Aim: This study assesses the improvement in outcome for newborn infants by decreasing major complications associated with intravenous fluid therapy by using an in-line filter, and evaluates the economical impact this might have in relation to daily changing of i.v. lines.
Methods: In a prospective controlled study, 88 infants were randomly assigned to receive either filtered (except for lipids, blood and blood products) or non-filtered infusions via a central catheter. Main outcome measures such as bacteraemia, phlebitis, extravasation, thrombosis, septicaemia and necrosis were all scored. The costs attributable to patients during a standard 8-day stay were also recorded.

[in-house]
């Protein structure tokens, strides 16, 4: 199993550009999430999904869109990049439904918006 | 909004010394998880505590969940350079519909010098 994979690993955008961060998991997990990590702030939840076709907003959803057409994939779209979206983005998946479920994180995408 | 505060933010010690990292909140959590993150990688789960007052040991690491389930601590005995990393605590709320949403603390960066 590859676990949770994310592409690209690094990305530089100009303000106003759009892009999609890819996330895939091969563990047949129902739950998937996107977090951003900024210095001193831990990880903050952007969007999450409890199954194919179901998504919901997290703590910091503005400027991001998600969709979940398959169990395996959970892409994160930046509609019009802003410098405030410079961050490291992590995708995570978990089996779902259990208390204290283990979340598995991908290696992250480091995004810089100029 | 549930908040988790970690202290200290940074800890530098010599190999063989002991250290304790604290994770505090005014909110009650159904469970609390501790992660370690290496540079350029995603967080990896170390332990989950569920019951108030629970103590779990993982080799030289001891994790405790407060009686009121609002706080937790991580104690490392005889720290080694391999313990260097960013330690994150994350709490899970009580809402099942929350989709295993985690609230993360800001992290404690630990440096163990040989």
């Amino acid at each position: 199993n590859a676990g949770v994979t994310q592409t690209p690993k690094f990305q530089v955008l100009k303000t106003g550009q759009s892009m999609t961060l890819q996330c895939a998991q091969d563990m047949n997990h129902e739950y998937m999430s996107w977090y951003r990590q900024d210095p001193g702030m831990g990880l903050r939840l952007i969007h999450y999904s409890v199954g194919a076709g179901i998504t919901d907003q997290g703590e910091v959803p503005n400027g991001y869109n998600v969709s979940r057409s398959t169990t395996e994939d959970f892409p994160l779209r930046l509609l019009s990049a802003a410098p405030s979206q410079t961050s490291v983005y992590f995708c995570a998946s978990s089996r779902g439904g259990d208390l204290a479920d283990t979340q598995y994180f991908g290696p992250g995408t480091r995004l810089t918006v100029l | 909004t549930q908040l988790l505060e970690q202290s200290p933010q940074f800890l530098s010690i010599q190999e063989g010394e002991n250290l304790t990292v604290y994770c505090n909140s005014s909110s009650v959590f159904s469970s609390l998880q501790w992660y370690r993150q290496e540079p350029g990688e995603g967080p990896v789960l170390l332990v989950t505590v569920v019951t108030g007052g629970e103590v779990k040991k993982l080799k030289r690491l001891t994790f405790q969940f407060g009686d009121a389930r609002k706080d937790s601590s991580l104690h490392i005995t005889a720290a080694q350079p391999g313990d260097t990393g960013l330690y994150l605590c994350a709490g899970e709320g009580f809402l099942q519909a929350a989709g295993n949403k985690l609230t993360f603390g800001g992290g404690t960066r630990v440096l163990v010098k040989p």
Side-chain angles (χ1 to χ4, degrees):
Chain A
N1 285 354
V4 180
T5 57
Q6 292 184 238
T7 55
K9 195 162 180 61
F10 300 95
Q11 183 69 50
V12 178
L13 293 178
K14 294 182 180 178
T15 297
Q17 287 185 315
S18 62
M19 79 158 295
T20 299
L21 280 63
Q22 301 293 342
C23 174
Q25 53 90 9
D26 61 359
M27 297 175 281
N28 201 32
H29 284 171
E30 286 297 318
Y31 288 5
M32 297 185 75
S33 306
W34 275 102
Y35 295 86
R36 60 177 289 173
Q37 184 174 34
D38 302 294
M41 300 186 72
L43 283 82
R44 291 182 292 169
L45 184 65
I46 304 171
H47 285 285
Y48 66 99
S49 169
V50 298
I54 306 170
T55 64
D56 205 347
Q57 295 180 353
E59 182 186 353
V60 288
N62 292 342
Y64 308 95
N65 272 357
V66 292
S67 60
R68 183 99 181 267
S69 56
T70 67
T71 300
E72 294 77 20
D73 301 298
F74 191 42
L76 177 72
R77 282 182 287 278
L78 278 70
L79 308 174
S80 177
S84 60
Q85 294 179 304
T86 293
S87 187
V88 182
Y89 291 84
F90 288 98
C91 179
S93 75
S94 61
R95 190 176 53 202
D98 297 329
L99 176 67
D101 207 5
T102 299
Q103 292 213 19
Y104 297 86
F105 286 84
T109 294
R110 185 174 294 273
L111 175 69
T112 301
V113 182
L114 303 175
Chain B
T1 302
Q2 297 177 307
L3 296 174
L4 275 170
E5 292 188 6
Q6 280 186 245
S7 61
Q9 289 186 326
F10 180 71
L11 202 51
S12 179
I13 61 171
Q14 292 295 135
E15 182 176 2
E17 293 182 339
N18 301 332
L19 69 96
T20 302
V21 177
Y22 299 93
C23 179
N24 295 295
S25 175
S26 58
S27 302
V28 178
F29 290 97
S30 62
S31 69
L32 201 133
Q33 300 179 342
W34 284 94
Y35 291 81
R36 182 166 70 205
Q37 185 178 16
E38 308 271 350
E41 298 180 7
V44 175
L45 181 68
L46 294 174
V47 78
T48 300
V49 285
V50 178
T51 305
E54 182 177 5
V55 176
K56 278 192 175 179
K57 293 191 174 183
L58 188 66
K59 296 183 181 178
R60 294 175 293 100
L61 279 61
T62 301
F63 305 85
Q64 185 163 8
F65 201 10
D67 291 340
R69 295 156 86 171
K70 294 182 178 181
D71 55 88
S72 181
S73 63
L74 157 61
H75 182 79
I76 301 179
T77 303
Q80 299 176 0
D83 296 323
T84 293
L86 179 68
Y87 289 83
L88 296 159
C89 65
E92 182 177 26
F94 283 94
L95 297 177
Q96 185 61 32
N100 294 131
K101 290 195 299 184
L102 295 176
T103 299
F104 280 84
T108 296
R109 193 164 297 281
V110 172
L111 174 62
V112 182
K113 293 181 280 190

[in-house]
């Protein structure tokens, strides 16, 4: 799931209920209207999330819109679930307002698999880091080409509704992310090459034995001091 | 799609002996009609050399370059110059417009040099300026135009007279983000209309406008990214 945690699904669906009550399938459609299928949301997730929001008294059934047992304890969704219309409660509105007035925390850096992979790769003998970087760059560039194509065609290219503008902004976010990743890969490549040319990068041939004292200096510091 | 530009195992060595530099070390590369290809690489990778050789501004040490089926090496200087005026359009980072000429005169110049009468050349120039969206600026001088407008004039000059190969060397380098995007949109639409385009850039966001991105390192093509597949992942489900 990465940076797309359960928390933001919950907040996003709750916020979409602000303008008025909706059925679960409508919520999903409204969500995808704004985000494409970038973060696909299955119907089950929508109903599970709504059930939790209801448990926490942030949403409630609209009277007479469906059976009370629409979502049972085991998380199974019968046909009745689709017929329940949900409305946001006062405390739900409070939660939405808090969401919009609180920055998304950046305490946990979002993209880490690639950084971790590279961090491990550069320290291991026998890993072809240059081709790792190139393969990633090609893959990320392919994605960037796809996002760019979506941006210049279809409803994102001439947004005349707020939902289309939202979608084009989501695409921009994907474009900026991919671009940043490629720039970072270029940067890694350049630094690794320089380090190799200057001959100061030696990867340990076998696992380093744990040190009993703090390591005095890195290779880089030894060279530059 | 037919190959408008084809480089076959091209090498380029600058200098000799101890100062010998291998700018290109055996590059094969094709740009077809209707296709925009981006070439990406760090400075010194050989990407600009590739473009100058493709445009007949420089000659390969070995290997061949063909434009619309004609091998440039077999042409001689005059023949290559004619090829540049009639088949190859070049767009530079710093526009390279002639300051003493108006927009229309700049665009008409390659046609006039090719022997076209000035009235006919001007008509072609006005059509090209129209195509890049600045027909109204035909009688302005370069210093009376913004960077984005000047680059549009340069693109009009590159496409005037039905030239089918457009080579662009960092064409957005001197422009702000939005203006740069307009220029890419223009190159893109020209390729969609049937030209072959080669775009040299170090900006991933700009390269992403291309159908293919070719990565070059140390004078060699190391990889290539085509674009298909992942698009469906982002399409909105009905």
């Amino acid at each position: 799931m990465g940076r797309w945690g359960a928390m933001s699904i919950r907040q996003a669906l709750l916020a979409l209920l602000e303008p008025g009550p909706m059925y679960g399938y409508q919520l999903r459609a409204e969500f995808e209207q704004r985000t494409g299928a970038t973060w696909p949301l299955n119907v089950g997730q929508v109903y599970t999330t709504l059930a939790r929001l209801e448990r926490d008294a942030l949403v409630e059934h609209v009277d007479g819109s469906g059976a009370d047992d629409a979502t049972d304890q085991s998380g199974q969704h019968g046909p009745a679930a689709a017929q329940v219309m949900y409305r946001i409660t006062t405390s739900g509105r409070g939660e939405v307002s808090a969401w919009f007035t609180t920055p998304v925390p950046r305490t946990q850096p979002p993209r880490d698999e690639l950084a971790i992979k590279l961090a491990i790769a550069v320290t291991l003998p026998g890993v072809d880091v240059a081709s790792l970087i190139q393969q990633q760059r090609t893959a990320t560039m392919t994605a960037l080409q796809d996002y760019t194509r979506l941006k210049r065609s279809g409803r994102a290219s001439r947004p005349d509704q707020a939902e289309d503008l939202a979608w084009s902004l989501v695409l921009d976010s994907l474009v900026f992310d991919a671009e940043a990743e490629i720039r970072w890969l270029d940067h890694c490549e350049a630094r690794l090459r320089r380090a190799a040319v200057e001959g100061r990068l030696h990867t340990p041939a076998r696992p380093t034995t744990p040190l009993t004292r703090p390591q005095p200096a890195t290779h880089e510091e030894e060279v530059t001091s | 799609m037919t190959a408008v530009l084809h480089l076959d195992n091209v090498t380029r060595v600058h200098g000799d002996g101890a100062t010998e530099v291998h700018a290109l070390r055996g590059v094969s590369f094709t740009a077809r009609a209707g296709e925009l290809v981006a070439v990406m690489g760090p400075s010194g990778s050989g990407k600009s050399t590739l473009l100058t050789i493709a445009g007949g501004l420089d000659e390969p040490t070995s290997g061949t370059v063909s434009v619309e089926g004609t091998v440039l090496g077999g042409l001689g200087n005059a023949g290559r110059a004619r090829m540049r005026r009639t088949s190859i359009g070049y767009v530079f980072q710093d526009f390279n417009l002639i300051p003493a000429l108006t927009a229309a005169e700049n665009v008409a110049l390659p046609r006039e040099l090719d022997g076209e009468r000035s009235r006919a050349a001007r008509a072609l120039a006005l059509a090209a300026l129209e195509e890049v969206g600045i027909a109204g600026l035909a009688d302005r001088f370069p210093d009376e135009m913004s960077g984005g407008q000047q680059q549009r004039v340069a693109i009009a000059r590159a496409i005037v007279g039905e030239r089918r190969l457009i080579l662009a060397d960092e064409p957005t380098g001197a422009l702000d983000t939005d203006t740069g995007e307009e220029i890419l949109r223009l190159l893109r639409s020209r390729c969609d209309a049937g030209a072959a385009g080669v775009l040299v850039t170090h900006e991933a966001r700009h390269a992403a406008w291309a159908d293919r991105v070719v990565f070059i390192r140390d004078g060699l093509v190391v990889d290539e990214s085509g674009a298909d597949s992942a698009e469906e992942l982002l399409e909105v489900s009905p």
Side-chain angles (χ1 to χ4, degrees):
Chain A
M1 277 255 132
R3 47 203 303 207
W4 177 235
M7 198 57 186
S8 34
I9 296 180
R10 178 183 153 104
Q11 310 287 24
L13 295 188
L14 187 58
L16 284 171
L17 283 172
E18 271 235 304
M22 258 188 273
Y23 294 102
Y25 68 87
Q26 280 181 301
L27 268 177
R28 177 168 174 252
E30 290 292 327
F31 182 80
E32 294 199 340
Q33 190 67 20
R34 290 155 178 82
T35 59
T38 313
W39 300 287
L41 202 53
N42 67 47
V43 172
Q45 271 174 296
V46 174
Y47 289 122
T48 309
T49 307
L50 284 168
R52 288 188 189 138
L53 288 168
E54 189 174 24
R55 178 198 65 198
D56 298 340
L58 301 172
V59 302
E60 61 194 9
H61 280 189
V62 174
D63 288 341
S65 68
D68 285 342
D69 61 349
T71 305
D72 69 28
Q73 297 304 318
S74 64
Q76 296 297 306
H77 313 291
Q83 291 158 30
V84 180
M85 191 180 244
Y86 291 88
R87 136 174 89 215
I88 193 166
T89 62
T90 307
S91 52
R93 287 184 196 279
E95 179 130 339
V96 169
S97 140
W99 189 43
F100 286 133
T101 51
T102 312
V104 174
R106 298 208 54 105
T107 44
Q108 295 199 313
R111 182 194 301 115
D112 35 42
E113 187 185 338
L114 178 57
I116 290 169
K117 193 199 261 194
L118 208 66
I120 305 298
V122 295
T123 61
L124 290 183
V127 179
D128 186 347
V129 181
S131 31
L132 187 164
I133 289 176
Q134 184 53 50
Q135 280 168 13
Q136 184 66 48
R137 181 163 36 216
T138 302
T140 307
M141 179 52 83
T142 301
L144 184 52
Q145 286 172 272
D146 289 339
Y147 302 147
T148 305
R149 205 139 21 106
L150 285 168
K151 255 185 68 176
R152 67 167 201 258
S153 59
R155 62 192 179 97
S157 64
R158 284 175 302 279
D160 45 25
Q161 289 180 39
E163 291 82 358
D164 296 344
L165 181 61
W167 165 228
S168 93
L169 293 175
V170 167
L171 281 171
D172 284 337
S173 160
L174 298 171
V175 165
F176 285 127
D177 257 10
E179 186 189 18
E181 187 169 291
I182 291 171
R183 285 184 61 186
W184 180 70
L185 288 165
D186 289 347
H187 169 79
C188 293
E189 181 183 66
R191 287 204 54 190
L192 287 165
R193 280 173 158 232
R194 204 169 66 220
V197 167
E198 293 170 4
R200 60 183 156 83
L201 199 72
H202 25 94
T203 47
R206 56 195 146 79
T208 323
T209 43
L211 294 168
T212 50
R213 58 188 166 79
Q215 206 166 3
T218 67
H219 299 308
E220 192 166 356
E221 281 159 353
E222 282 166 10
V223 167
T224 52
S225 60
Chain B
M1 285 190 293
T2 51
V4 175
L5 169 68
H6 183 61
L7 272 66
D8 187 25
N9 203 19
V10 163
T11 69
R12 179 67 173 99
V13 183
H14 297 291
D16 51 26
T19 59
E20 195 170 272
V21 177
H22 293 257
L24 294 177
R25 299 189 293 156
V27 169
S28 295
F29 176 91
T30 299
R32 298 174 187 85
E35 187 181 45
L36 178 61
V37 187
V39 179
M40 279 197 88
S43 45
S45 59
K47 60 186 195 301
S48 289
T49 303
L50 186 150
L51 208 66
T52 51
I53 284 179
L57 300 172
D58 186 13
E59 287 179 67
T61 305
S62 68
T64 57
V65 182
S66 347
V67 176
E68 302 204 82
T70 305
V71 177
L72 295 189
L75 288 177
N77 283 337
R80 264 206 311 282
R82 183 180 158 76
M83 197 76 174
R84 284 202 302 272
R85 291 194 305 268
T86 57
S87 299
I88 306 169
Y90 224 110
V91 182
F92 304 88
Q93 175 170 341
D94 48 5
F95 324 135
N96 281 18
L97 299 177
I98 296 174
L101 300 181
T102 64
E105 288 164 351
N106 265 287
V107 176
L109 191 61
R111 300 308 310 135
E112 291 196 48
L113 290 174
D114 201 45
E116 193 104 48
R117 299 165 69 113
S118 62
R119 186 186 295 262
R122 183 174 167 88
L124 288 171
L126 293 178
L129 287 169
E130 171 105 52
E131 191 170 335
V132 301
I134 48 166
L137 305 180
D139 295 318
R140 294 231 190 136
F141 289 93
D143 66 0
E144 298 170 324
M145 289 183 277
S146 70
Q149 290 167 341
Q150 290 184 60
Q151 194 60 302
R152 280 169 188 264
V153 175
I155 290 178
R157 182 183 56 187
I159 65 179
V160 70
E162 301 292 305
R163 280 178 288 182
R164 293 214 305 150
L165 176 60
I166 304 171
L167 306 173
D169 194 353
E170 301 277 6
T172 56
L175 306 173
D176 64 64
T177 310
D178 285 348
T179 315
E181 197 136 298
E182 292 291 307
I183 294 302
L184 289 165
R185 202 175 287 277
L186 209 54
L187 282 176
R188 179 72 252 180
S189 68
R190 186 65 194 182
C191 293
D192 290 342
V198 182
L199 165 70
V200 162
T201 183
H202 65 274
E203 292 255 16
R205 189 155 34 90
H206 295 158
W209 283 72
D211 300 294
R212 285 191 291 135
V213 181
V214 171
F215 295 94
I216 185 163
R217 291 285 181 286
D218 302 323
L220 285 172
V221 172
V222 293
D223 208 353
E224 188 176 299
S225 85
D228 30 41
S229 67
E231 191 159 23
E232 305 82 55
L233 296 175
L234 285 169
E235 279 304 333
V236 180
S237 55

Results: Significant reductions were found in major complications such as thrombi and clinical sepsis (control group (21), filter group (8); p < 0.05). Bacterial cultures of the filters showed a contamination rate on the upstream surface of 15/109 filters (14%). The mean costs of disposables were less in the filter group, showing a reduction from 31.17 euros to 23.79 euros.
Conclusions: The use of this in-line filter leads to a significant decrease in major complications and substantial cost savings.